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Volume Editor: Jayaluxmi Naidoo
Within the era of the Fourth Industrial Revolution, we are living in a technologically advanced society, and students and teacher educators need to be adequately prepared to succeed within this progressive society. Teaching and Learning for the 21st Century: Embracing the Fourth Industrial Revolution is an edited volume that situates teaching and learning for the 21st century within diverse contexts globally so that teacher educators could make sense of their professional knowledge, curriculum, classroom contexts and diverse students.

This book intends to frame and explore the different responsive and innovative pedagogies that are used for embracing the Fourth Industrial Revolution. Additionally, it aims to clarify some key concepts (for example blended learning, coding, digital, E-Learning, Internet, M-Learning, simulation and tools) in addition to other issues that surround teaching and learning for the 21st century. The book also exemplifies authentic case studies located within global contexts focusing on: the 21st-century curriculum, the 21st-century classroom environment, teachers in the 21st century and students in the 21st century.

Contributors from around the world (Australia, Indonesia, Mauritius, South Africa, Tanzania and the United States of America) share their innovations in education by interrogating research experiences and examples of good practice.

From March 2020 in Australia, the covid-19 pandemic resulted in regulations for social distancing, which meant that students were homeschooled. Social distancing exponentially increased the exposure of most young children to digital technology such as touchscreens (iPads) and digital flip cameras. This study focuses on two seven-year-old children who maintain their friendship during covid-19 by imaginary performances and playing virtual games. A cultural–historical approach is used in the study to analyze the children’s experience as they connect through virtual worlds and build imaginary spaces, contributing to sustaining their relationship during challenging times. Findings indicate that the children built a collective social situation of development integrating sophisticated imaginary, real and virtual worlds. The children’s perspective – their motive orientations and intentions towards a new social situation provided new opportunities for learning in a virtual imaginary world. The combination of a real, an imaginary and a virtual world supported the children to experience a range of emotions including joyous moments, empathy and attunement as they encouraged each other to participate.

In: Video Journal of Education and Pedagogy
Author: Diana Amundsen

Abstract

This article explores whether digital communication technologies have applicability in reducing social isolation and loneliness among older adults. Issues of social isolation and loneliness among older adults are important as they are identified risk factors for mortality, disability, cognitive ability, depression and poor wellbeing. This problem is more urgent due to the Covid-19 pandemic which has required older adults to physically and socially distance from family, friends, neighbours, communities and health services. In the context of the present Covid-19 pandemic, this article is of interest to educators, social workers, community service providers, health service practitioners, gerontological scholars involved in preparing older adult communities for present and future traumatic events resulting in socially isolating experiences. The literature identified that use of technology to promote social connection and enhance wellbeing for older adults can be an effective intervention, but more information is needed as to what aspects of such interventions make them effective. This research advocates for improvement in wellbeing and social connectedness of older adults through consideration of interventions through a model for flourishing and wellbeing. The research contributes to our growing understanding of how to change the way we think, feel and act towards older adults, ageing and flourishing.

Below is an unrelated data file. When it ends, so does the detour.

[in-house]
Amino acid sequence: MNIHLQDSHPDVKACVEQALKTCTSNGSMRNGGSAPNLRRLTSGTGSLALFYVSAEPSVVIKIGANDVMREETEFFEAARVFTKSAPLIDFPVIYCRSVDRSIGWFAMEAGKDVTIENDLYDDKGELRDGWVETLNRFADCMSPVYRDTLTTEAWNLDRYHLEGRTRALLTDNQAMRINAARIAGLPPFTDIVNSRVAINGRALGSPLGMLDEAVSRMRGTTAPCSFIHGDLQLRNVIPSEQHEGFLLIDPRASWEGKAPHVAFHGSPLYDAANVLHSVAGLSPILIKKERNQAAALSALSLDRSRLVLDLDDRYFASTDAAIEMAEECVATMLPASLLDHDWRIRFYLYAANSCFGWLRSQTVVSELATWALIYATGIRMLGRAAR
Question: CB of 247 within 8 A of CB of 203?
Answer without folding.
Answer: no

In: Video Journal of Education and Pedagogy

Abstract

covid-19 has changed the way we sing in choirs and has seen the extraordinary uptake of Zoom as a video chat platform across society. This is a reflective tale of four choirs members and their insights into how they improvised with traditional choir singing in a Zoom space. It consideres how zoom pedagogies allowed them to bridge social isolation during the pandemic. It includes the voices of the conductor; music teacher/technician; the voice of a media savvy artist choir member and finally the voice of a singing visual educator. The article embeds Deleuzoguattarian thinking. It draws on the concepts of the machinic assemblage and becoming as choir participants who embraced Zoom to facilitate song. Singing in a zoom virtual choir brings forth a burgeoning new relational way of being. To find ways to sing and imagine life and self without physical, temporal and spatial borders.

In: Video Journal of Education and Pedagogy

Abstract

covid-19 is an omnipresent feature of 2020, both globally and within Australia. For university students, a consequence of this has been the shift from on-campus to online delivery. Exploring these visual realities for lecturers and students, this article engages in Bakhtinian dialogism; a dialogic interaction that is born between peoples searching for meaning (). To do so, the authors engaged with and responded to students’ survey data whom they lecture and coordinate. Although the survey had limited responses, it enabled the authors to dialogue about received knowledge (istina) from students and contemplate this in relation to the authors’ own perspectives and experiences (pravda). Through this engagement, they suggest the importance of visually imbued emotive connectivity and dialogic relational care within web-conferencing, as well as didactic lecturing as valid forms of visual engagement.

In: Video Journal of Education and Pedagogy